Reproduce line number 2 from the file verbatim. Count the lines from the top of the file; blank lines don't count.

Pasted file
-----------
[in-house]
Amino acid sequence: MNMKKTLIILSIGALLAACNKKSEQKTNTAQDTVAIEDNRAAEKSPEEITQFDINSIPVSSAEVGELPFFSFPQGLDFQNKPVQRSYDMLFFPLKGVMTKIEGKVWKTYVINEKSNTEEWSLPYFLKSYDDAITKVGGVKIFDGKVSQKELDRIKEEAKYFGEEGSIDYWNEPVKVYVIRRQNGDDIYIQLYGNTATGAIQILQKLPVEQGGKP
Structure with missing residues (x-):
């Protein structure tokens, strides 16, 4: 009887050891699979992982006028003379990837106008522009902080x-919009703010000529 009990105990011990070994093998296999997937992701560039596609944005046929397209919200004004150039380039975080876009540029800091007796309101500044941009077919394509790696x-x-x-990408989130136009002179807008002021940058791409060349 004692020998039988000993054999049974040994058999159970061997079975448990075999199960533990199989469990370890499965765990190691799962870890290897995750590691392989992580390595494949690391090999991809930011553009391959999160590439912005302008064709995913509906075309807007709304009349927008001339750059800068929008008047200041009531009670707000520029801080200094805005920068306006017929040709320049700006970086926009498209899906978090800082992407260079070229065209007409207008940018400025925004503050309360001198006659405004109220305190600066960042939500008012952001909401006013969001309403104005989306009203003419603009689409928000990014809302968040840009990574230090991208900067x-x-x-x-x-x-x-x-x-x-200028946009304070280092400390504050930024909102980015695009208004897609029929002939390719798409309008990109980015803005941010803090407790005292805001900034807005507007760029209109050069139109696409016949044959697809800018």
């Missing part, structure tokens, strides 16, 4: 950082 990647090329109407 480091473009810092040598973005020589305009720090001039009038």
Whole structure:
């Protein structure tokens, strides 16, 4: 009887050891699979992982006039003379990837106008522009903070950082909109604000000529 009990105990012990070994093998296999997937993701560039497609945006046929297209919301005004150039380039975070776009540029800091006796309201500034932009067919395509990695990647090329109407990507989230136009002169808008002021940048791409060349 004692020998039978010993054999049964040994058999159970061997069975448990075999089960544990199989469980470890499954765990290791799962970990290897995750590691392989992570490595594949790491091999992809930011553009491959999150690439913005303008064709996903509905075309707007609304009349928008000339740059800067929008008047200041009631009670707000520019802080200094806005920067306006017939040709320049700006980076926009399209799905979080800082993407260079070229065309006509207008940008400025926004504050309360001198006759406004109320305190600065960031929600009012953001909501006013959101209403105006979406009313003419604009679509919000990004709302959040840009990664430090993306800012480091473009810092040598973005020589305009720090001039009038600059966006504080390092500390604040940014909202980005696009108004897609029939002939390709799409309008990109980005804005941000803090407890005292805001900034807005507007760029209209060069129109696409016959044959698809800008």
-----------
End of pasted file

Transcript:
Amino acid sequence: MNMKKTLIILSIGALLAACNKKSEQKTNTAQDTVAIEDNRAAEKSPEEITQFDINSIPVSSAEVGELPFFSFPQGLDFQNKPVQRSYDMLFFPLKGVMTKIEGKVWKTYVINEKSNTEEWSLPYFLKSYDDAITKVGGVKIFDGKVSQKELDRIKEEAKYFGEEGSIDYWNEPVKVYVIRRQNGDDIYIQLYGNTATGAIQILQKLPVEQGGKP